1. Were there clinically significant delays in care?
  2. Did PVAHCS omit the names of veterans waiting for care from its Electronic Wait List (EWL)?
  3. Were PVAHCS personnel not following established scheduling procedures?
  4. Did the PVAHCS culture emphasize goals at the expense of patient care?
  5. Are scheduling deficiencies systemic throughout the VA?

In each case, the OIG found that the allegations were true. Despite initial denials, the OIG report showed that former PVAHCS director Sharon Helman, associate director Lance Robinson, hospital administration director Brad Curry, chief of staff Darren Deering and other senior executives were aware of delays in care and unofficial wait lists.

Perhaps most disturbing is the OIG finding that scheduling deficiencies are systemic throughout the VA. The OIG is currently investigating 90 VA facilities. The findings prompted Rep. Jeff Miller, House Veterans’ Affairs Committee chairman to comment “We have seen no evidence that the corrupt bureaucrats who created the VA scandal will be purged from the department’s payroll anytime soon. Until that happens, VA will never be fixed,” (2).

Though whistleblowers alleged veterans died while awaiting care in Phoenix, acting Inspector General Richard Griffin did not draw any conclusions about criminal culpability and declared that he was “unable to conclusively assert that the absence of timely quality care caused the deaths of these veterans.” Phoenix whistleblowers Drs. Sam Foote and Katherine Mitchell, said the OIG standard made no sense because 45 examples described in the OIG report showed that delayed care likely resulted in premature deaths or harm to patients’ quality of life. It is the later standard that is usually applied to physicians.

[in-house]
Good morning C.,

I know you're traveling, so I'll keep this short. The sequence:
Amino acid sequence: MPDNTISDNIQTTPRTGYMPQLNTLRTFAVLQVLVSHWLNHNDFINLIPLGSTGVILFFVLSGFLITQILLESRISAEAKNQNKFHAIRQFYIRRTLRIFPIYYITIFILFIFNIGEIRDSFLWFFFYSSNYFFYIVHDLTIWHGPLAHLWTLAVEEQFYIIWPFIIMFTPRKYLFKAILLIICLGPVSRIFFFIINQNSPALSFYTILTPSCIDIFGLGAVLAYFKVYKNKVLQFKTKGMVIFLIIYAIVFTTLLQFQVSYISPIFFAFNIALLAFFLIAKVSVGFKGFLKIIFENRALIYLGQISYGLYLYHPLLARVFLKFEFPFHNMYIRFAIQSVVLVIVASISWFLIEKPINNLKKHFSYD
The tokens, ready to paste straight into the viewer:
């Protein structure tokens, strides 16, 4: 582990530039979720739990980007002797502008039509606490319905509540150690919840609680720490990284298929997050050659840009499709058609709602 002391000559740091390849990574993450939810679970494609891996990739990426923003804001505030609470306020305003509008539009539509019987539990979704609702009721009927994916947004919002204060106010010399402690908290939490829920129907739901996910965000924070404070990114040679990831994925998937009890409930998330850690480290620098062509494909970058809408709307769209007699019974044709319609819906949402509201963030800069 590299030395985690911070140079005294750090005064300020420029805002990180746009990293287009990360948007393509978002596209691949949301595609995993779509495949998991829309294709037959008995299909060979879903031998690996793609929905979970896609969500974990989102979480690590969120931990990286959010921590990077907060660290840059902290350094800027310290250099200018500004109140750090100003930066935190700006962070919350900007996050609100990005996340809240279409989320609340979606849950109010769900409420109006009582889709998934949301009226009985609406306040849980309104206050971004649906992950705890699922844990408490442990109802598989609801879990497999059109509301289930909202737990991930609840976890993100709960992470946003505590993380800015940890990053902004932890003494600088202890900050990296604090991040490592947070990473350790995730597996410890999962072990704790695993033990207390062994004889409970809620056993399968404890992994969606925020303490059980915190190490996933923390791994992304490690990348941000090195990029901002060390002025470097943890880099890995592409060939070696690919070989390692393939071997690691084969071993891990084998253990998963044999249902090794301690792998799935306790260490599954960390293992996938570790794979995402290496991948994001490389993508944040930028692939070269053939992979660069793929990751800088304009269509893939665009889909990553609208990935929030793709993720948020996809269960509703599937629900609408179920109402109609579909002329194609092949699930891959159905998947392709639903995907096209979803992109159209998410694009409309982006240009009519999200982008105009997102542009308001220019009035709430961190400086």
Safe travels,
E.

The day prior to the release of the report the Deputy VA Secretary Sloan Gibson was interviewed noting that more veterans are being sent to private doctors for care reducing waiting times (3). "The fundamental point here is, we are taking bold and decisive action to fix these problems because it's unacceptable," said Gibson. It is unclear whether these reports of improved waiting times are any more reliable than the initial denials of prolonged patient waiting times from both the Phoenix VA and VA Central Office.

Richard A. Robbins, MD

Editor

Southwest Journal of Pulmonary and Critical Care

References

  1. Office of VA Inspector General. Review of alleged patient deaths, patient wait times, and scheduling practices at the Phoenix VA health care system. Available at: http://www.va.gov/oig/pubs/VAOIG-14-02603-267.pdf (accessed 8/26/14).
  2. Wagner D, Lee M. Scathing VA report stirs outcry for accountability. Arizona Republic. Available at: http://www.azcentral.com/story/news/arizona/investigations/2014/08/26/scathing-va-report-stirs-outcry-accountability/14665455/ (accessed 8/27/14).
  3. Associated Press. Watchdog report details ‘systemic’ problems at VA facilities. Available at: http://www.foxnews.com/politics/2014/08/26/no-proof-delays-in-care-caused-vets-to-die-va-says/ (accessed 8/25/14). 

Reference as: Robbins RA. VA office of inspector general releases scathing report of Phoenix VA. Southwest J Pulm Crit Care. 2014;9(2):140-1. doi: http://dx.doi.org/10.13175/swjpcc112-14 PDF